November 21, 2018 – By Jeff Fletcher
When 32-year old Juan Lopez shot and killed his ex-girlfriend and three others including one police officer yesterday in a Chicago area hospital, he ran at least 30 rounds of ammunition through his semi-auto Glock pistol before killing himself, said a Chicago police spokesman.
About the same time, gun owners in New Jersey were challenging a law passed in June that reduced, and then limited, ammunition capacity in magazines from 15 rounds to 10. A 3-judge panel in the 3rd US Circuit Court heard a New Jersey gun group argue that 10 rounds may not be enough to deter criminals intent in home invasions, car jackings, robbery and other crimes that require personal self-protection by gun owners before first responders arrive.
Meanwhile, in Erie County New York, 23 people are charged with a crime that, under the infamous SAFE Act signed into law in January 2013, limited magazine capacity to just seven rounds – despite the fact that at the time no 7-round magazines existed – two federal courts in 2015 declared the limit on magazine capacity was unconstitutional. Some New York state agencies have now said they will stop enforcing the magazine law.
As the gun debate heated up just prior to the midterm elections concern over mass shootings focused on the one that occurred at a Pittsburgh synagogue on October 27 in which the shooter, Robert Bowers, used an AR-15 rifle (some reports reported the rifle to be an AK-47) and one – and possibly two – Glock pistols with hi-cap magazines.
On the day following the November 6 election, 28-year old Ian David Long took his .45 caliber Glock pistol and an extended round magazine into the Borderline dance club in Thousand Oaks, California and killed 12 people including himself.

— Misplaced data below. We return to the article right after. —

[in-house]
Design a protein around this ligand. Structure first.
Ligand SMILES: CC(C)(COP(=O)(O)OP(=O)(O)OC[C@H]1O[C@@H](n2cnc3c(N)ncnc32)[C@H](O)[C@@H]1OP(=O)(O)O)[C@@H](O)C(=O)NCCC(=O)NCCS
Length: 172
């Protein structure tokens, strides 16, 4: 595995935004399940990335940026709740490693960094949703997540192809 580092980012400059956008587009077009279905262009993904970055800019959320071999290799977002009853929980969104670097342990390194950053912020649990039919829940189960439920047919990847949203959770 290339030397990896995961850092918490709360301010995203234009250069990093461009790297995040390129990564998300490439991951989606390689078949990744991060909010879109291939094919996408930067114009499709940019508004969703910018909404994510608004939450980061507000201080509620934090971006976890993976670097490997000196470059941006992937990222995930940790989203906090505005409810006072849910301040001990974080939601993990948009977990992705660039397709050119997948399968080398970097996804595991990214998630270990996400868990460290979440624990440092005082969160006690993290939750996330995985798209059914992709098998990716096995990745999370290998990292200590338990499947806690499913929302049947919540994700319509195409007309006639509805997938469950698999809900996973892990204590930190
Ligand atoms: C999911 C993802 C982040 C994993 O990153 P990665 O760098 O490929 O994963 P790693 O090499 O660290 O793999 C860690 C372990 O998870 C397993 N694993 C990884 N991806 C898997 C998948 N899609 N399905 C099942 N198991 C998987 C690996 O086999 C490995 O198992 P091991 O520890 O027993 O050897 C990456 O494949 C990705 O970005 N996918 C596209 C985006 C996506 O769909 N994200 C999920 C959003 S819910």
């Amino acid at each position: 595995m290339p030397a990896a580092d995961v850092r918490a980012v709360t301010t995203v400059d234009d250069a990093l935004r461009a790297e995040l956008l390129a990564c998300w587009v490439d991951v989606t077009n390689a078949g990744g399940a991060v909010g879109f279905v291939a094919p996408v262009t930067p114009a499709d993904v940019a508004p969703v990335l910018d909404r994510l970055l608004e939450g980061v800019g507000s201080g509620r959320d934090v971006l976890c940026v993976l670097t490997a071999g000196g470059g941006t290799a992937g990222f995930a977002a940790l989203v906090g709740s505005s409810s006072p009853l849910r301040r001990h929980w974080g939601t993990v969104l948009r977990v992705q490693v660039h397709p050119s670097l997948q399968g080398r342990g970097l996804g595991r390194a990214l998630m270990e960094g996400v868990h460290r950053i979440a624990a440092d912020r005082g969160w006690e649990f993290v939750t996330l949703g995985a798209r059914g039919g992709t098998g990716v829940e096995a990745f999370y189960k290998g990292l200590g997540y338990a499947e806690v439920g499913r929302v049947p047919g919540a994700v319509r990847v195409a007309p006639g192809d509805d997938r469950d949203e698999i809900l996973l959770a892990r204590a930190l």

Efforts by gun controllers, either as advocacy groups or the public at large, have railed against ammunition capacity for years, mostly to no avail but that subject is almost a certainty to come up again next year when Democrats take over the House. They have already said that gun control is a priority and high-capacity magazines are likely to be a part of their efforts.
Still, conservative gun owners and gun rights activist groups like the NRA, Gun Owners of America, Second Amendment Foundation and others are likely to press for reviews of the cacophony of municipal, state and some recently proposed federal gun restrictions such as bump stocks by the U.S. Supreme Court. The last major court decisions were Heller in 2008 and McDonald in 2010. Since that time state and local governments have taken it upon themselves to continue adding new twists to the gun control issue. Washington State, for example, just passed I-1639 which provides for storage controls, gun purchase age limits, enhanced background checks and other measures. Oregon and California are ready to jumpstart ammunition background checks – not just guns – while other considerations include a special tax on the sale of ammunition and, in California, restrictions on the delivery of ammo bought from out-of-state sources.